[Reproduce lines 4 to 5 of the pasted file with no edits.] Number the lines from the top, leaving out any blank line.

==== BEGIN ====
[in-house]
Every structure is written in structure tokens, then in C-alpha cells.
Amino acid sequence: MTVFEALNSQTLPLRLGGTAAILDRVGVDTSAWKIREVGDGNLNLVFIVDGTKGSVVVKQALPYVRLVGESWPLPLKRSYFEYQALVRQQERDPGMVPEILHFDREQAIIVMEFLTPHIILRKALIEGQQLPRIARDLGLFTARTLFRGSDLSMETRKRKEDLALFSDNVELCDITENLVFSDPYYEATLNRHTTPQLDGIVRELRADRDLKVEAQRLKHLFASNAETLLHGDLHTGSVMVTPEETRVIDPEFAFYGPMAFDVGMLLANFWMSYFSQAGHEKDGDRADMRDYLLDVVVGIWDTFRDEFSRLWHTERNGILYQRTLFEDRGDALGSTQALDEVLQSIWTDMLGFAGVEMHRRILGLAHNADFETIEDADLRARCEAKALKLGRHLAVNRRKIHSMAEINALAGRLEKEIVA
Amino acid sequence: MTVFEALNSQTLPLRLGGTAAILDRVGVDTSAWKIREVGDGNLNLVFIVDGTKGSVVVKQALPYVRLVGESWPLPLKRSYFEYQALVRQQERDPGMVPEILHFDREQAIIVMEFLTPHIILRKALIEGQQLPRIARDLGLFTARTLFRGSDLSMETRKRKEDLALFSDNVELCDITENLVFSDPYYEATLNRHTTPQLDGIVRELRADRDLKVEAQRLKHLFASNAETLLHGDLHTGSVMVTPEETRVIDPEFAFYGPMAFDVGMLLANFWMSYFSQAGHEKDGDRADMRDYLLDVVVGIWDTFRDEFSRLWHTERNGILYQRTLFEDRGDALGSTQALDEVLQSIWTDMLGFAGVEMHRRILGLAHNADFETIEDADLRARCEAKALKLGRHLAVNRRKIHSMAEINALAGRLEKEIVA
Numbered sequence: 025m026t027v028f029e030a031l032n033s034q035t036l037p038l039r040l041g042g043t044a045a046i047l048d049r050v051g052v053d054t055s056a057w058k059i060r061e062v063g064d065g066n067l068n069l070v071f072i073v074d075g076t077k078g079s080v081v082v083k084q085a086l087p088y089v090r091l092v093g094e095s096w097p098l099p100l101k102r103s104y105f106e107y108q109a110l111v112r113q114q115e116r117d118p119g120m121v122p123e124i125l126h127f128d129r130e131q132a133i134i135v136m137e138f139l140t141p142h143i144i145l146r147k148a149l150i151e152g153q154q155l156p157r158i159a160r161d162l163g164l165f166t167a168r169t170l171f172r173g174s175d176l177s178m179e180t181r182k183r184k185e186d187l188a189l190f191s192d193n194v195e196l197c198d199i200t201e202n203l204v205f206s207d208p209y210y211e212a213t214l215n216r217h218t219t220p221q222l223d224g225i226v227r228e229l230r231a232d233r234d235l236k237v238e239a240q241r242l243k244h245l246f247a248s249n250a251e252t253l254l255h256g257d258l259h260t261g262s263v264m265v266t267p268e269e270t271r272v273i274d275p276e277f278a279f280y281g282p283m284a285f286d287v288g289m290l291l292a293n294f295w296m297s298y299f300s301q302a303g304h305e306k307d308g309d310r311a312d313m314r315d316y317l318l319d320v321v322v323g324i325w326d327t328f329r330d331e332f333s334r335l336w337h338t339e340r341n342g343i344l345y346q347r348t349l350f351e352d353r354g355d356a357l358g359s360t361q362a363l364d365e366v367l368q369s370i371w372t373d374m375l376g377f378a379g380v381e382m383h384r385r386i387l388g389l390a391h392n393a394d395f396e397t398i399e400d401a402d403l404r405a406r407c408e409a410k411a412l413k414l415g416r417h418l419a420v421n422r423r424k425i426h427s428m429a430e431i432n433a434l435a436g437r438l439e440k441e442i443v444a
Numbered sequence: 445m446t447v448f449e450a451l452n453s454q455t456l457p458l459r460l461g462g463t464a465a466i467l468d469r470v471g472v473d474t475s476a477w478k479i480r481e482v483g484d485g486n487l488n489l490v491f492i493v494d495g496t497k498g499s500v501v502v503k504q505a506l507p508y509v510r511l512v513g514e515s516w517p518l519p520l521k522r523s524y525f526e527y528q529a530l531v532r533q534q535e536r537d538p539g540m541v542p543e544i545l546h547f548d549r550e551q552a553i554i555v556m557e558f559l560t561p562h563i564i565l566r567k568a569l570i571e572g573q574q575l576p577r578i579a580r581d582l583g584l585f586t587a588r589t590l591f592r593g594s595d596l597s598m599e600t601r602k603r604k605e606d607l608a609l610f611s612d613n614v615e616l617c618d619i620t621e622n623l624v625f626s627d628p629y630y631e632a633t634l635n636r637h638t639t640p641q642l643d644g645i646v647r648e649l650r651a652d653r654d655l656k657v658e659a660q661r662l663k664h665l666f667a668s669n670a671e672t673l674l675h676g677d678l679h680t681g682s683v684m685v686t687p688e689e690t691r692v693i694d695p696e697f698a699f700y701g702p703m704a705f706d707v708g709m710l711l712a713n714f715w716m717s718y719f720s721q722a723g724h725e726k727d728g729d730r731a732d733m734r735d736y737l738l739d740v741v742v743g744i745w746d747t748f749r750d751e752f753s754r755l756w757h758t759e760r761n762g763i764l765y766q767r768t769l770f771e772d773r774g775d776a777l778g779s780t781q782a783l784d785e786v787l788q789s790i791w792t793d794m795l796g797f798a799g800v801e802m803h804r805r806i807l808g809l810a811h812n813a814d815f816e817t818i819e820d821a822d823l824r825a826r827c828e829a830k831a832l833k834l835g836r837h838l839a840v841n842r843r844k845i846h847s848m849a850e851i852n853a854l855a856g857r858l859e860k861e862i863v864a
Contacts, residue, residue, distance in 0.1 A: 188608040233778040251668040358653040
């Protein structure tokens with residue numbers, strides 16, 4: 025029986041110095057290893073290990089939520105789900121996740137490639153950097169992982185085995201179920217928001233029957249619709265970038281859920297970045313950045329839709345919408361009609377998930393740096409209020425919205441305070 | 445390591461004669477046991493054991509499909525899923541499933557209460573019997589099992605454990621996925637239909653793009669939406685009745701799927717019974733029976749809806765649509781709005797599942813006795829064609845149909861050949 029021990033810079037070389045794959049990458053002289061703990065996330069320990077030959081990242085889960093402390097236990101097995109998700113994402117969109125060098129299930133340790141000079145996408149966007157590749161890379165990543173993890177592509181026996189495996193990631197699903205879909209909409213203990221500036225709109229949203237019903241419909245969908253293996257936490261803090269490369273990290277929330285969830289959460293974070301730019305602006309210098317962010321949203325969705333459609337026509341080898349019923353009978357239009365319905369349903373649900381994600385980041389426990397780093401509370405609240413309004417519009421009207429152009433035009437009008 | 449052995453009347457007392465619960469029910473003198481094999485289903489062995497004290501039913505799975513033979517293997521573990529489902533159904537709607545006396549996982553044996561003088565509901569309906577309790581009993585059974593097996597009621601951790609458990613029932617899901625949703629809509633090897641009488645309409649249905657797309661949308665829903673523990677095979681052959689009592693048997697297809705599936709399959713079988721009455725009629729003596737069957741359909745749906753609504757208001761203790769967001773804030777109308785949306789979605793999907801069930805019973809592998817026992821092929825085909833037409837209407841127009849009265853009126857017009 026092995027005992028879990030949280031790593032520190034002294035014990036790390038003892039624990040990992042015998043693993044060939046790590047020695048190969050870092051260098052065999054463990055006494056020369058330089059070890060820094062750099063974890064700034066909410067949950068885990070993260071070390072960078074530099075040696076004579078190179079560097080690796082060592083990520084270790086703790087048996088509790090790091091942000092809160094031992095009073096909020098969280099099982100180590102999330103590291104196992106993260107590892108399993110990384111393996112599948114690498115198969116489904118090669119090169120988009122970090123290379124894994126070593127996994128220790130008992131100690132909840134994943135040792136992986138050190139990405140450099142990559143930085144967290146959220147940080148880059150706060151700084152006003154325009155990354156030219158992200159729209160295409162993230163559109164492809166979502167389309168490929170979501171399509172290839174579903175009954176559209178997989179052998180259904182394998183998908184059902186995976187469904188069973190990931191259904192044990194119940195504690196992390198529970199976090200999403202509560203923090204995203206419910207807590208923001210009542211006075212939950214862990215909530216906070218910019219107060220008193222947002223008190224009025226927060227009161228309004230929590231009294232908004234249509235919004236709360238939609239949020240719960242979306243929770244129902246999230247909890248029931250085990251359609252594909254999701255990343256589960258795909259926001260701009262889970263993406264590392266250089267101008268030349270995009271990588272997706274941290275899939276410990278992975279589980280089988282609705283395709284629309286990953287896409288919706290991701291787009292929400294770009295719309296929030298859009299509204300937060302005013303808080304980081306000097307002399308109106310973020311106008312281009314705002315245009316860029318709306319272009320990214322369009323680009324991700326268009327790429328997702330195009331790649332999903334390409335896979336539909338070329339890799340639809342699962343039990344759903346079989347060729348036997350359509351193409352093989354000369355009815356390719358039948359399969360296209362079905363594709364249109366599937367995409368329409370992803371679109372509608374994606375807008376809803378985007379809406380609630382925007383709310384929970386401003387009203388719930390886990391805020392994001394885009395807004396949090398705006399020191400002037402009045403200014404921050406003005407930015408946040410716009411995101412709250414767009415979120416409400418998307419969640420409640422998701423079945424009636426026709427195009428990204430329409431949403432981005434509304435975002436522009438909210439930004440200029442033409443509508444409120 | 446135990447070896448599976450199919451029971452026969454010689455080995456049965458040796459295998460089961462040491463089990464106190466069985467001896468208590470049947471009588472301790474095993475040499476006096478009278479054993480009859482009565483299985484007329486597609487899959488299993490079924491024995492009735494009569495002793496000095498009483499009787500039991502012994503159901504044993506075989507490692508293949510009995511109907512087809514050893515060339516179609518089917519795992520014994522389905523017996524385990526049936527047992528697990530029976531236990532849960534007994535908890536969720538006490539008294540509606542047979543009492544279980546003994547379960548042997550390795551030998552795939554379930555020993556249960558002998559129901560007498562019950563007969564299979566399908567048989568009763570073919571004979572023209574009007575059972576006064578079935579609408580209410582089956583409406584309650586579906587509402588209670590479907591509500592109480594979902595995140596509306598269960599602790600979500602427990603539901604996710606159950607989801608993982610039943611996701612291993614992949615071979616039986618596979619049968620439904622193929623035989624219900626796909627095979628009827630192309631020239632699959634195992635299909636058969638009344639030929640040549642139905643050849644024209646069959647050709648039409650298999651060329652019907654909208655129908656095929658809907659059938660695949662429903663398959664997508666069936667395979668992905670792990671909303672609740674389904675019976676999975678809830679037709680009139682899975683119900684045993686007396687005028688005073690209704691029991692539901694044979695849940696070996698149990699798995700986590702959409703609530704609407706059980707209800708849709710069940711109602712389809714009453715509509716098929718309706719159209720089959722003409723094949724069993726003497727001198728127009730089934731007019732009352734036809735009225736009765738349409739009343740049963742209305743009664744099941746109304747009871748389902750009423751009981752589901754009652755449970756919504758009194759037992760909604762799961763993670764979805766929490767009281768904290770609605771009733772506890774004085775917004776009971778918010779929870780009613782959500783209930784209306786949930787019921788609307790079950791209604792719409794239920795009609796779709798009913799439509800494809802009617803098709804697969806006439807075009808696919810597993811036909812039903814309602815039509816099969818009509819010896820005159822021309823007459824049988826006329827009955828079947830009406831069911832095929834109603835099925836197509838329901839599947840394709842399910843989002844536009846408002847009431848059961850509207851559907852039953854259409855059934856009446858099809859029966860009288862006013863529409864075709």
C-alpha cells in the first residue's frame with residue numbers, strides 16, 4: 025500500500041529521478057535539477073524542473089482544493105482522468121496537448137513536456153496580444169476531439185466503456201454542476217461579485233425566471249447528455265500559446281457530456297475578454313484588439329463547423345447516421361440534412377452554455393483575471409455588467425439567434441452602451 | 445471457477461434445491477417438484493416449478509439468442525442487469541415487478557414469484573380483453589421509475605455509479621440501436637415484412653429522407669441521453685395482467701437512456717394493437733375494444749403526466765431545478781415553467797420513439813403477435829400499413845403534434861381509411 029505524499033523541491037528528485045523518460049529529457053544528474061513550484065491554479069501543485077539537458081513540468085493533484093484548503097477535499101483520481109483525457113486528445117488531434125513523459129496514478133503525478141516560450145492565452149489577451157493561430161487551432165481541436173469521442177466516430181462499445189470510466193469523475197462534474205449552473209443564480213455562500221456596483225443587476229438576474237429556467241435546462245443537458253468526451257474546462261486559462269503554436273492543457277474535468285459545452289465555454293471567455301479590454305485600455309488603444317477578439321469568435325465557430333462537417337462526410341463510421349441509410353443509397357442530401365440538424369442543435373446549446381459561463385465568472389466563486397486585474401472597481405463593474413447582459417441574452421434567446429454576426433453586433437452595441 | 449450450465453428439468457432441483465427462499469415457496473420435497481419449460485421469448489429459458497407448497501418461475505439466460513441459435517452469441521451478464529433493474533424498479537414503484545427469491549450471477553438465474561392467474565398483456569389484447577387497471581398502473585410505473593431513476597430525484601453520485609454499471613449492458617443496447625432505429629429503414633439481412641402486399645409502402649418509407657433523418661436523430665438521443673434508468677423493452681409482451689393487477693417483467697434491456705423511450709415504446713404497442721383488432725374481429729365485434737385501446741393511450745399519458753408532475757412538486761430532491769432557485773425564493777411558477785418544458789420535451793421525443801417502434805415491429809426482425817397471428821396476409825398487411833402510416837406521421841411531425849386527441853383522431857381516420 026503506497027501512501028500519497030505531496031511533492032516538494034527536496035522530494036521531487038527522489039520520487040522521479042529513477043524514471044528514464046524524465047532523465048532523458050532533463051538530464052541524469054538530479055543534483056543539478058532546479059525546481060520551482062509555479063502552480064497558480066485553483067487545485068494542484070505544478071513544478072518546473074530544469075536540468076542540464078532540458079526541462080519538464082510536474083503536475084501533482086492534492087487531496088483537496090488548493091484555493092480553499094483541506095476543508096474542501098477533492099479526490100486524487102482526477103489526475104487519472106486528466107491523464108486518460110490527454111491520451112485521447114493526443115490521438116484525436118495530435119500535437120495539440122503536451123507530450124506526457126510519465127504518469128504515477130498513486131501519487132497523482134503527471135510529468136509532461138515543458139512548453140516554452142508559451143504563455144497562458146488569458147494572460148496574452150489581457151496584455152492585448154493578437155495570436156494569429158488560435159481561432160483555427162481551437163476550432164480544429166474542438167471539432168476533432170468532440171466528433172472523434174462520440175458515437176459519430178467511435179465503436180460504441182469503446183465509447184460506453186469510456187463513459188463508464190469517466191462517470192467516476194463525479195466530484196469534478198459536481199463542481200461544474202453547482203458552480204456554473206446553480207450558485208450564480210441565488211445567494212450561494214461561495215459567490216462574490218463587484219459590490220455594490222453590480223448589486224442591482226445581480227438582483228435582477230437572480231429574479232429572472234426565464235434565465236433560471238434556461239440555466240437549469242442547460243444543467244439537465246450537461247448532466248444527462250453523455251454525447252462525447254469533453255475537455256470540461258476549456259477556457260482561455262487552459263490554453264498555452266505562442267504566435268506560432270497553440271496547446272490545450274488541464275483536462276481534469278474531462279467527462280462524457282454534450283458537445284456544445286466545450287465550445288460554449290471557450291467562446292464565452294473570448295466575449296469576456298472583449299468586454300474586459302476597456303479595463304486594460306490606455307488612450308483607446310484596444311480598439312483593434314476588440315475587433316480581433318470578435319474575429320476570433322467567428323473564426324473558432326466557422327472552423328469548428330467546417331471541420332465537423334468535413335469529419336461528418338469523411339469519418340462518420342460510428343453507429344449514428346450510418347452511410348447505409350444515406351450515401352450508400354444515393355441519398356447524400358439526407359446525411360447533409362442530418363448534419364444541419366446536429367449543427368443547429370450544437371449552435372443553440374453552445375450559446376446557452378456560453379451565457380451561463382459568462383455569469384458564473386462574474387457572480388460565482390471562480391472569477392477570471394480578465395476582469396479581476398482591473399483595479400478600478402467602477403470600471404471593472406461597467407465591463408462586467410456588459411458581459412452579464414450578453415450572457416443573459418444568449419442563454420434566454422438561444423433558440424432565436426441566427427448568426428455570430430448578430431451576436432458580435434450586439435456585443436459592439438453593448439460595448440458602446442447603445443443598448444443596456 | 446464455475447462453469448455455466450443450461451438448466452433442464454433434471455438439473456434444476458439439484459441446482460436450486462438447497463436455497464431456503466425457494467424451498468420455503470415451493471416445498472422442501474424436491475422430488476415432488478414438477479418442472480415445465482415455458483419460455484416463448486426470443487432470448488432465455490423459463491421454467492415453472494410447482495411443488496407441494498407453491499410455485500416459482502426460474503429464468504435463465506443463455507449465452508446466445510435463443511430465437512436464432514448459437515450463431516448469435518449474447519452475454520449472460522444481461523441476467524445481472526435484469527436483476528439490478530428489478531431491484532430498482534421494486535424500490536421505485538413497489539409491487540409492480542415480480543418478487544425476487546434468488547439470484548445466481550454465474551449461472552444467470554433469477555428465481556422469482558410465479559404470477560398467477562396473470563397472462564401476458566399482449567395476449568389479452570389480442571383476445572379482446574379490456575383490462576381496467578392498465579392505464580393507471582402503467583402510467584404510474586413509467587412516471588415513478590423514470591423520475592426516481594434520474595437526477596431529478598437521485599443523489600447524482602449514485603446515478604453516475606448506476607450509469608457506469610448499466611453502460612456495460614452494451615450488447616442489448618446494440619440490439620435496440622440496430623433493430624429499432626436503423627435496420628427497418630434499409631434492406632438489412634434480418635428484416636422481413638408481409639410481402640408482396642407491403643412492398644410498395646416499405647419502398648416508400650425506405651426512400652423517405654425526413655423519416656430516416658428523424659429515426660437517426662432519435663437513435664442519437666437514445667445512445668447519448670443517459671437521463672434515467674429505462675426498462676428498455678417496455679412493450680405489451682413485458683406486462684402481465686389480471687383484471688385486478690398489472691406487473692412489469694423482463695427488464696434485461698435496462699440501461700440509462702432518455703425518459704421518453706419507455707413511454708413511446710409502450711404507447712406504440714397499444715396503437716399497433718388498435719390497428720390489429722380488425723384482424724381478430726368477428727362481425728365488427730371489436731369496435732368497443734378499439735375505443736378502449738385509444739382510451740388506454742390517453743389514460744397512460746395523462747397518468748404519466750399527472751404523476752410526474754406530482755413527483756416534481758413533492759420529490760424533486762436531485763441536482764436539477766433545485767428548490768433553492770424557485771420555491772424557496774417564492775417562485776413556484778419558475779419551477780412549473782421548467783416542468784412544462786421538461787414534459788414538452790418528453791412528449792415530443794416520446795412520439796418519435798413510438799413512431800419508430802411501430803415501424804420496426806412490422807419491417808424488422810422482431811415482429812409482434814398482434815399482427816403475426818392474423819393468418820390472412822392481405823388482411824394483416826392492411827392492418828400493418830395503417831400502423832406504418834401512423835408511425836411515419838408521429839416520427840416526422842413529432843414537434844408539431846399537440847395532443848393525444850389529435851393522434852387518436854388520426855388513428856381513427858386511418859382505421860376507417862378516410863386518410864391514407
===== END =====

Amino acid sequence: MTVFEALNSQTLPLRLGGTAAILDRVGVDTSAWKIREVGDGNLNLVFIVDGTKGSVVVKQALPYVRLVGESWPLPLKRSYFEYQALVRQQERDPGMVPEILHFDREQAIIVMEFLTPHIILRKALIEGQQLPRIARDLGLFTARTLFRGSDLSMETRKRKEDLALFSDNVELCDITENLVFSDPYYEATLNRHTTPQLDGIVRELRADRDLKVEAQRLKHLFASNAETLLHGDLHTGSVMVTPEETRVIDPEFAFYGPMAFDVGMLLANFWMSYFSQAGHEKDGDRADMRDYLLDVVVGIWDTFRDEFSRLWHTERNGILYQRTLFEDRGDALGSTQALDEVLQSIWTDMLGFAGVEMHRRILGLAHNADFETIEDADLRARCEAKALKLGRHLAVNRRKIHSMAEINALAGRLEKEIVA
Numbered sequence: 025m026t027v028f029e030a031l032n033s034q035t036l037p038l039r040l041g042g043t044a045a046i047l048d049r050v051g052v053d054t055s056a057w058k059i060r061e062v063g064d065g066n067l068n069l070v071f072i073v074d075g076t077k078g079s080v081v082v083k084q085a086l087p088y089v090r091l092v093g094e095s096w097p098l099p100l101k102r103s104y105f106e107y108q109a110l111v112r113q114q115e116r117d118p119g120m121v122p123e124i125l126h127f128d129r130e131q132a133i134i135v136m137e138f139l140t141p142h143i144i145l146r147k148a149l150i151e152g153q154q155l156p157r158i159a160r161d162l163g164l165f166t167a168r169t170l171f172r173g174s175d176l177s178m179e180t181r182k183r184k185e186d187l188a189l190f191s192d193n194v195e196l197c198d199i200t201e202n203l204v205f206s207d208p209y210y211e212a213t214l215n216r217h218t219t220p221q222l223d224g225i226v227r228e229l230r231a232d233r234d235l236k237v238e239a240q241r242l243k244h245l246f247a248s249n250a251e252t253l254l255h256g257d258l259h260t261g262s263v264m265v266t267p268e269e270t271r272v273i274d275p276e277f278a279f280y281g282p283m284a285f286d287v288g289m290l291l292a293n294f295w296m297s298y299f300s301q302a303g304h305e306k307d308g309d310r311a312d313m314r315d316y317l318l319d320v321v322v323g324i325w326d327t328f329r330d331e332f333s334r335l336w337h338t339e340r341n342g343i344l345y346q347r348t349l350f351e352d353r354g355d356a357l358g359s360t361q362a363l364d365e366v367l368q369s370i371w372t373d374m375l376g377f378a379g380v381e382m383h384r385r386i387l388g389l390a391h392n393a394d395f396e397t398i399e400d401a402d403l404r405a406r407c408e409a410k411a412l413k414l415g416r417h418l419a420v421n422r423r424k425i426h427s428m429a430e431i432n433a434l435a436g437r438l439e440k441e442i443v444a